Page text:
In Part Three of his Simple Truths series, RD&T’s contributing writer, Kris Verle, shares insights about Stoicism.
“What happens when a cat gets philosophical?”
“It likes to paws and reflect on life.”
Yes, philosophical puns. They really are a Nietzsche on their own.
In Part One of my mini-series on how to lead simpler and more meaningful lives, I told you the story a potential client asking me which school of philosophy I’d compare my life coaching to.
I scared her away with a response that managed to be both semi-accurate and vulgar. So, having previously spoken about essentialism and minimalism, I’ll use this article to clear up any remaining confusion with a response that’ll be no less vulgar, but at least accurate.
An Unlikely Bunch of Practical Jokers
When it comes to personal development, the majority of life coaches, counselors, and therapists focus mostly on behavioural, cognitive, and social psychology. We often forget there’s a wealth of practical wisdom to be found in ancient and contemporary philosophy which we can easily apply to our daily lives.
And when it comes to useful life wisdom, it’s the Stoics of ancient Greece and Rome who win, pants down. Or tunics up, rather.
There are striking similarities between Stoicism and Buddhism.
For example, both philosophies stress how important it is to be accepting of all things that happen in life – the good and the bad. Yes, a lot of those things involve pain and suffering, and Stoics believe this is best tackled by taking on a cheerful and humorous approach to life.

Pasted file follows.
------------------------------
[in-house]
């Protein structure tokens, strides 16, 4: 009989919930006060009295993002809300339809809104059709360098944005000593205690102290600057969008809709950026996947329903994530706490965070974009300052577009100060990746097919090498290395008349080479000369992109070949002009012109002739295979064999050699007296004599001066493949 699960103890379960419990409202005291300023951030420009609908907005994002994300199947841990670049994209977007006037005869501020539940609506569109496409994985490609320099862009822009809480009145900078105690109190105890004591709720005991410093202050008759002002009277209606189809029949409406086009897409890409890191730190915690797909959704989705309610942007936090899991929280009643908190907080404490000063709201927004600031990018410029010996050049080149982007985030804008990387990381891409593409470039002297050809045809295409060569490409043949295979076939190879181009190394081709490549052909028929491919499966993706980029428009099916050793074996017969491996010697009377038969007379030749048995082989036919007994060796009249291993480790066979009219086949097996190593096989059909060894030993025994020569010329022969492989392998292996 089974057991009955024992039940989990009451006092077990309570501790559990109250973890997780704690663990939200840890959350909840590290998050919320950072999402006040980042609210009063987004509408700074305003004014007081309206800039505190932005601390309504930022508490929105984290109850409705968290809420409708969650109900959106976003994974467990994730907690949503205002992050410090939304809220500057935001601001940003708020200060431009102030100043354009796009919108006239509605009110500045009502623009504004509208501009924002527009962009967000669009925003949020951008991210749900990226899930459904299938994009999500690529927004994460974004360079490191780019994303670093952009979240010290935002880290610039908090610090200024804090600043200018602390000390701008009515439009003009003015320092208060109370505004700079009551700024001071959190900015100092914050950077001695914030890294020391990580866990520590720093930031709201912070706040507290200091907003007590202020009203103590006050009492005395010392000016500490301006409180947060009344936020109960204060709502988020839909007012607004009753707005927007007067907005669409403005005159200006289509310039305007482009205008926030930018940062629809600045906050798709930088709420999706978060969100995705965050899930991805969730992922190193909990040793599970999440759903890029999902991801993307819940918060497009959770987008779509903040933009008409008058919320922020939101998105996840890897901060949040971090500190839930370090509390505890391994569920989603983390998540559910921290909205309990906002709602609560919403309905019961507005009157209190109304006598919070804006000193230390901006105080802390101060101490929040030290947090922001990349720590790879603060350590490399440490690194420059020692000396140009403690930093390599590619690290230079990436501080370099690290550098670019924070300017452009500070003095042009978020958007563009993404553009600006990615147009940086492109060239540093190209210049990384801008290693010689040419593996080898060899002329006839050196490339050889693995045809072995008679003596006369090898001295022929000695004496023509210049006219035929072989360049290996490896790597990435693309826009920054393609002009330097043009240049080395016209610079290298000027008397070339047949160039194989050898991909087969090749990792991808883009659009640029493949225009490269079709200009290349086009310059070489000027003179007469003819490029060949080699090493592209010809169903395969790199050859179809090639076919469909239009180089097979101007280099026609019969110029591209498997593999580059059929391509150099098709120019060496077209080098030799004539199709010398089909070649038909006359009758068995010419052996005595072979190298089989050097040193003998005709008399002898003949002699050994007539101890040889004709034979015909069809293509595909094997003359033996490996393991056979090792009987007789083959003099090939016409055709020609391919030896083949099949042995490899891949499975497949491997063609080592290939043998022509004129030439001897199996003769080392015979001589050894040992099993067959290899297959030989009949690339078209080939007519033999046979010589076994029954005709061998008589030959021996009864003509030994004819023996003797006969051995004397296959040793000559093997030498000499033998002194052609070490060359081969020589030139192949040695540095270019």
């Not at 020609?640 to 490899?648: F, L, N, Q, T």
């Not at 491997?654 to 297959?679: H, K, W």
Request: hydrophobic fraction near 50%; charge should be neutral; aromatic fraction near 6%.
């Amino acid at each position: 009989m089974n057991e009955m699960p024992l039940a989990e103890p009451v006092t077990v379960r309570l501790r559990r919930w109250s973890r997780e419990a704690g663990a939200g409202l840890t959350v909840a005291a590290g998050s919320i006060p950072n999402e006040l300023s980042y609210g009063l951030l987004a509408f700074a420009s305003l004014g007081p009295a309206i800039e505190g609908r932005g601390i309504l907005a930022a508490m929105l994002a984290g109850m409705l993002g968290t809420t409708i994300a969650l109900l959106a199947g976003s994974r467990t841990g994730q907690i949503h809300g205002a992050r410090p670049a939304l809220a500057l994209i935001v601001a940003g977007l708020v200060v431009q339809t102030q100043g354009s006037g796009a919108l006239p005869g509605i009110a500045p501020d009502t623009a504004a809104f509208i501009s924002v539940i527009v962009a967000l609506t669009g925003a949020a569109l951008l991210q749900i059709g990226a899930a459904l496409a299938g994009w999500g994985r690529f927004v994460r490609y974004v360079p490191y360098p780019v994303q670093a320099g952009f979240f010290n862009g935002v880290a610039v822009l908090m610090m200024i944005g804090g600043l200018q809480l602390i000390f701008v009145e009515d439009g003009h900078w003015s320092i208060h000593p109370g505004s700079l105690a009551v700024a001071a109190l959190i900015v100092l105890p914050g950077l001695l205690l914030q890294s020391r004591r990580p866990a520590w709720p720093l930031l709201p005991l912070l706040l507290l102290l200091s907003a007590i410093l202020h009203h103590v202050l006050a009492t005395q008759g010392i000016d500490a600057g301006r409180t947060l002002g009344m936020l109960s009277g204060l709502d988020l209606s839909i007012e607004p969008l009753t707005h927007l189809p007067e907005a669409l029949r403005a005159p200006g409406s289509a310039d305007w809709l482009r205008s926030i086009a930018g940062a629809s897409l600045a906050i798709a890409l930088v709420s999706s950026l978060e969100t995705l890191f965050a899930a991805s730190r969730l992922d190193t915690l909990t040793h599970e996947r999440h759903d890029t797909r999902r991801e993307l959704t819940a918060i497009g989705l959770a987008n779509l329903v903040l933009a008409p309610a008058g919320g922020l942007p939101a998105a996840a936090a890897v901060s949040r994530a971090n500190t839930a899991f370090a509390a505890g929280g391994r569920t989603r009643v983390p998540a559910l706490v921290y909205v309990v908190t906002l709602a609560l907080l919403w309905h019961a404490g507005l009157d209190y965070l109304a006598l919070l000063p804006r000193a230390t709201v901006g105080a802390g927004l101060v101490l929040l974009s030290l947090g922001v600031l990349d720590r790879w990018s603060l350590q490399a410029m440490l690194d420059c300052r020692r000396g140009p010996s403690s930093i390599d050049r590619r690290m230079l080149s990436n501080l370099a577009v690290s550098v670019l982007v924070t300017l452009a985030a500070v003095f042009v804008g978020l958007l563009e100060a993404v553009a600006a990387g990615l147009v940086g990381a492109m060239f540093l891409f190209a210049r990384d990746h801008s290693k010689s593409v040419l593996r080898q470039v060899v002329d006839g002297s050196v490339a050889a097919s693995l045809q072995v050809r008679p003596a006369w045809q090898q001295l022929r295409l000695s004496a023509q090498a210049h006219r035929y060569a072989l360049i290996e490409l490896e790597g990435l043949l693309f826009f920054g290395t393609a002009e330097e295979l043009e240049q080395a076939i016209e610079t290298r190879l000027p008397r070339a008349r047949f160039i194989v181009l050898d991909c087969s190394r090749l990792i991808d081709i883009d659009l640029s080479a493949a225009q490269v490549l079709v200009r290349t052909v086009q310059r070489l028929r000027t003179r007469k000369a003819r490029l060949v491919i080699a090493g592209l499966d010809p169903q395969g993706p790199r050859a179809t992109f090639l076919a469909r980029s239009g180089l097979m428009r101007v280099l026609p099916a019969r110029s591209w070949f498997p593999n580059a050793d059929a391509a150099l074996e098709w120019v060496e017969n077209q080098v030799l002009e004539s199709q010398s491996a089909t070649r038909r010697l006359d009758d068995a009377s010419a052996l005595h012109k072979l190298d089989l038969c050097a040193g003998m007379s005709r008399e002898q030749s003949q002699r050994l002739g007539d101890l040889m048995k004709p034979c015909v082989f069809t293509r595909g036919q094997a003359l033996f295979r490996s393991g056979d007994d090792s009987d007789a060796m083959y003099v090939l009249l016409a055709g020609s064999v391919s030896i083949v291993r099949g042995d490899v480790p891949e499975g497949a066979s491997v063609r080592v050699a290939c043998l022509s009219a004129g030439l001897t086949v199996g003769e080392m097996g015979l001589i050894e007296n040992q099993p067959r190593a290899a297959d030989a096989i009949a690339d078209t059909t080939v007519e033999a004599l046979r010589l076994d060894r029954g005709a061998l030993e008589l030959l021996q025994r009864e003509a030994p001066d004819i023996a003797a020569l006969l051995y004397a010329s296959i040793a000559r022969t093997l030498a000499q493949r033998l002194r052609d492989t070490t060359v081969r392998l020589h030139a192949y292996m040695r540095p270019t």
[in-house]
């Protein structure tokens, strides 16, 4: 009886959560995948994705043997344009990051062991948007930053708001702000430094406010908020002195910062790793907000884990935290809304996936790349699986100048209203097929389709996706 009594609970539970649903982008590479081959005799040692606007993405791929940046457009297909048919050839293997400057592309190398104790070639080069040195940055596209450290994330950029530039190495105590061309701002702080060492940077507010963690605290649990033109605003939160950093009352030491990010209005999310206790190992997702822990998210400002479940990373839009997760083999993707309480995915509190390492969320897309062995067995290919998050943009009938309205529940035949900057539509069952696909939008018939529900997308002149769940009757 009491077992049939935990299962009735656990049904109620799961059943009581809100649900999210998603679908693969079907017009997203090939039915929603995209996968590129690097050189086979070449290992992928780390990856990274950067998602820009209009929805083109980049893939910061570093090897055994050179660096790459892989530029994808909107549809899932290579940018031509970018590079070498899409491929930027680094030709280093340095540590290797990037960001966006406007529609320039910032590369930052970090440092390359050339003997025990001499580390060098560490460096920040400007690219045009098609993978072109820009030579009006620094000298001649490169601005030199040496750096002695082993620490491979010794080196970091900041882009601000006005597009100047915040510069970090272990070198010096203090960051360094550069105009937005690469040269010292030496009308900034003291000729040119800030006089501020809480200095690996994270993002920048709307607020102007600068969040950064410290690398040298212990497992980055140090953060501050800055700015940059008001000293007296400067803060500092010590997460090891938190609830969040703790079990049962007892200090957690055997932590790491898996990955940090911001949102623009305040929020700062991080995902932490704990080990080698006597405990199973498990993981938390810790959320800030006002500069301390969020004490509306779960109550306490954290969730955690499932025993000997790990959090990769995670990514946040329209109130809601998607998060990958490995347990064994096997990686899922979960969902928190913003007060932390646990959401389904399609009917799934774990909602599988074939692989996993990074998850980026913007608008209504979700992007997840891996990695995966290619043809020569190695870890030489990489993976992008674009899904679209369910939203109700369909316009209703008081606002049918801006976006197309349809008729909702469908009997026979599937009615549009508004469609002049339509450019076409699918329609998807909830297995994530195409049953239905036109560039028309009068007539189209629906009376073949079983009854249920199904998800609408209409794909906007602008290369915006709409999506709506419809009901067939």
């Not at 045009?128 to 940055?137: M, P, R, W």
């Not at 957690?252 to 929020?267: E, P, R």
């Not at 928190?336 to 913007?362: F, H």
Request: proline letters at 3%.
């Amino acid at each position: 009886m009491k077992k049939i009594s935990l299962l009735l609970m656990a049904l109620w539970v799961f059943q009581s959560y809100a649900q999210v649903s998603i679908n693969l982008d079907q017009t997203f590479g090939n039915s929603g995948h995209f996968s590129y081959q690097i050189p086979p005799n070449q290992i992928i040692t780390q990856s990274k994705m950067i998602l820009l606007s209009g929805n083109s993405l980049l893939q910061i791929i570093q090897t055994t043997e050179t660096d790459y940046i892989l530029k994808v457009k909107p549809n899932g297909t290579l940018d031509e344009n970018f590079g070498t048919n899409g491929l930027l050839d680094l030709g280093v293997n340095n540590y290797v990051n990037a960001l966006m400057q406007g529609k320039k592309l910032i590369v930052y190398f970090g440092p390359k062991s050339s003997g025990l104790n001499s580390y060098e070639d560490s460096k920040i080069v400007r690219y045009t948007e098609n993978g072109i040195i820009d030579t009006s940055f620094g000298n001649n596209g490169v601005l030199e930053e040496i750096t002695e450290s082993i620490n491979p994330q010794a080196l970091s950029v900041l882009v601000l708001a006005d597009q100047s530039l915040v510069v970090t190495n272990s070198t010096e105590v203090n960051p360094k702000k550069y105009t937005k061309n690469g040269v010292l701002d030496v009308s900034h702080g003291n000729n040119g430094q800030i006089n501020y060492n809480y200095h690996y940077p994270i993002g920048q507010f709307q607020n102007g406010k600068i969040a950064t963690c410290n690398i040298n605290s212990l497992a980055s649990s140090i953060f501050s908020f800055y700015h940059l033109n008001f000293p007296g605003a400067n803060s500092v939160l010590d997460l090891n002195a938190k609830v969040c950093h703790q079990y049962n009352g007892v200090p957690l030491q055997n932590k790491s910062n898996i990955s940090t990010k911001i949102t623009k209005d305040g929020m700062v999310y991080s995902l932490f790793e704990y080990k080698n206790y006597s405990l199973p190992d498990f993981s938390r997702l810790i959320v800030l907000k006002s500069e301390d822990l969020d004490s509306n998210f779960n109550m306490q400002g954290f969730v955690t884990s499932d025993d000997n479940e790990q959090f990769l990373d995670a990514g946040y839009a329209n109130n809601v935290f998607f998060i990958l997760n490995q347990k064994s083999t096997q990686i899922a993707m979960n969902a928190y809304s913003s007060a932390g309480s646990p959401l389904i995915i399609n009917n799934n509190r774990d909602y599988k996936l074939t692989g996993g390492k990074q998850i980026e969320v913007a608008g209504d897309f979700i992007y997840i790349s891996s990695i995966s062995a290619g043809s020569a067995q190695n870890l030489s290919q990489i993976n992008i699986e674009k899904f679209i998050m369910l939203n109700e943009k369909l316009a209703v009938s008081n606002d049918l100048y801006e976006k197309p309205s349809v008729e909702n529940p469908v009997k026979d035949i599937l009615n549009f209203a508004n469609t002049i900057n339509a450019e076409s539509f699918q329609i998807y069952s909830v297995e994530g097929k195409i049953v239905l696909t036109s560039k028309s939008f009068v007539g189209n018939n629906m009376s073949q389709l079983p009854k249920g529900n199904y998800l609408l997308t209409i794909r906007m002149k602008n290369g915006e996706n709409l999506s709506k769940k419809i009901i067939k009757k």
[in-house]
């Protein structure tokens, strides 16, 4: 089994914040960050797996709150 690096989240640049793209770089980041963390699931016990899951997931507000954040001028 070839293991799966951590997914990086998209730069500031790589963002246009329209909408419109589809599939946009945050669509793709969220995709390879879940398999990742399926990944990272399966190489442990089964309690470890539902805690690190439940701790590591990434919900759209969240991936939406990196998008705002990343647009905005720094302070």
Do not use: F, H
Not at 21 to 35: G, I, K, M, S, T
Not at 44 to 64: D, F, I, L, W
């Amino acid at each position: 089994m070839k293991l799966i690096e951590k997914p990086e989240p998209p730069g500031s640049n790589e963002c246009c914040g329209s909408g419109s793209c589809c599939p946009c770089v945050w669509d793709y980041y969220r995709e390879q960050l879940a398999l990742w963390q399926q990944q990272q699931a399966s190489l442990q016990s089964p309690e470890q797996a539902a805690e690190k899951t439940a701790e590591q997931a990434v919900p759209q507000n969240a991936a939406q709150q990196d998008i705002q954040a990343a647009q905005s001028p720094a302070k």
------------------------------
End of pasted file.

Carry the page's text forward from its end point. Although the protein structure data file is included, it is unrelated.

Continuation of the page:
Sadly, the moment we hear ‘stoic’ or ‘stoical’, the words ‘unemotional’ and ‘aloof’ come to mind. We forget that many Stoics had a dark sense of humour and were masters of dry wit.
Take Chrysippus, for example – a famous Stoic philosopher who literally died from belly laughing. What was so funny, you wonder?
He was watching a donkey eating figs in his garden one evening.
Must have been a real fat ass.
Before I go into some of the more gruesome aspects of Stoicism, let me set out one of its core principles first: Stoics believe you can achieve happiness by making the best of the only two things you have real control over – your actions and your judgements.
It’s only once you accept that happiness is purely internal and can’t be found in external sources, that you’ll stop being a puppet to the ups and downs of life.